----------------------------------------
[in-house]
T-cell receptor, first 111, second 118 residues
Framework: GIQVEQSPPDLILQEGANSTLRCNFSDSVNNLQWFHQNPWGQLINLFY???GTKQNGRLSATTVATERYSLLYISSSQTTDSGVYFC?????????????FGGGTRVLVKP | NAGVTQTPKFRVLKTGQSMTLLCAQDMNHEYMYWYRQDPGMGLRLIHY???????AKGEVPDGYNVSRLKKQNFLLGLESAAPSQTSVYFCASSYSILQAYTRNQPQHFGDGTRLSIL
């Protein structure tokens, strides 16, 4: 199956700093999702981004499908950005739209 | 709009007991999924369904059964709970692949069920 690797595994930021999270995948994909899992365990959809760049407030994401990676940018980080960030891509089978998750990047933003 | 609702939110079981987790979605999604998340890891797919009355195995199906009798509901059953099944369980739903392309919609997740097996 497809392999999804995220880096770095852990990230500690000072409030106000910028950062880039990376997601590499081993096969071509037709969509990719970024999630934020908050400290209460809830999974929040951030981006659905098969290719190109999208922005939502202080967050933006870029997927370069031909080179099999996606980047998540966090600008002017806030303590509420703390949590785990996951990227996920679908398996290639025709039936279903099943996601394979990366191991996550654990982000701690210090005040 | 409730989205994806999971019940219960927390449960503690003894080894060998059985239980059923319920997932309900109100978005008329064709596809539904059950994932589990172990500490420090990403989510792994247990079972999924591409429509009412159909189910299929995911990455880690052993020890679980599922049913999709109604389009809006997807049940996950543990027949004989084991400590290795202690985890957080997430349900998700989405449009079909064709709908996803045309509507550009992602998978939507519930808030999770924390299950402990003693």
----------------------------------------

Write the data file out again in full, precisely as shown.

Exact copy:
[in-house]
T-cell receptor, first 111, second 118 residues
Framework: GIQVEQSPPDLILQEGANSTLRCNFSDSVNNLQWFHQNPWGQLINLFY???GTKQNGRLSATTVATERYSLLYISSSQTTDSGVYFC?????????????FGGGTRVLVKP | NAGVTQTPKFRVLKTGQSMTLLCAQDMNHEYMYWYRQDPGMGLRLIHY???????AKGEVPDGYNVSRLKKQNFLLGLESAAPSQTSVYFCASSYSILQAYTRNQPQHFGDGTRLSIL
């Protein structure tokens, strides 16, 4: 199956700093999702981004499908950005739209 | 709009007991999924369904059964709970692949069920 690797595994930021999270995948994909899992365990959809760049407030994401990676940018980080960030891509089978998750990047933003 | 609702939110079981987790979605999604998340890891797919009355195995199906009798509901059953099944369980739903392309919609997740097996 497809392999999804995220880096770095852990990230500690000072409030106000910028950062880039990376997601590499081993096969071509037709969509990719970024999630934020908050400290209460809830999974929040951030981006659905098969290719190109999208922005939502202080967050933006870029997927370069031909080179099999996606980047998540966090600008002017806030303590509420703390949590785990996951990227996920679908398996290639025709039936279903099943996601394979990366191991996550654990982000701690210090005040 | 409730989205994806999971019940219960927390449960503690003894080894060998059985239980059923319920997932309900109100978005008329064709596809539904059950994932589990172990500490420090990403989510792994247990079972999924591409429509009412159909189910299929995911990455880690052993020890679980599922049913999709109604389009809006997807049940996950543990027949004989084991400590290795202690985890957080997430349900998700989405449009079909064709709908996803045309509507550009992602998978939507519930808030999770924390299950402990003693």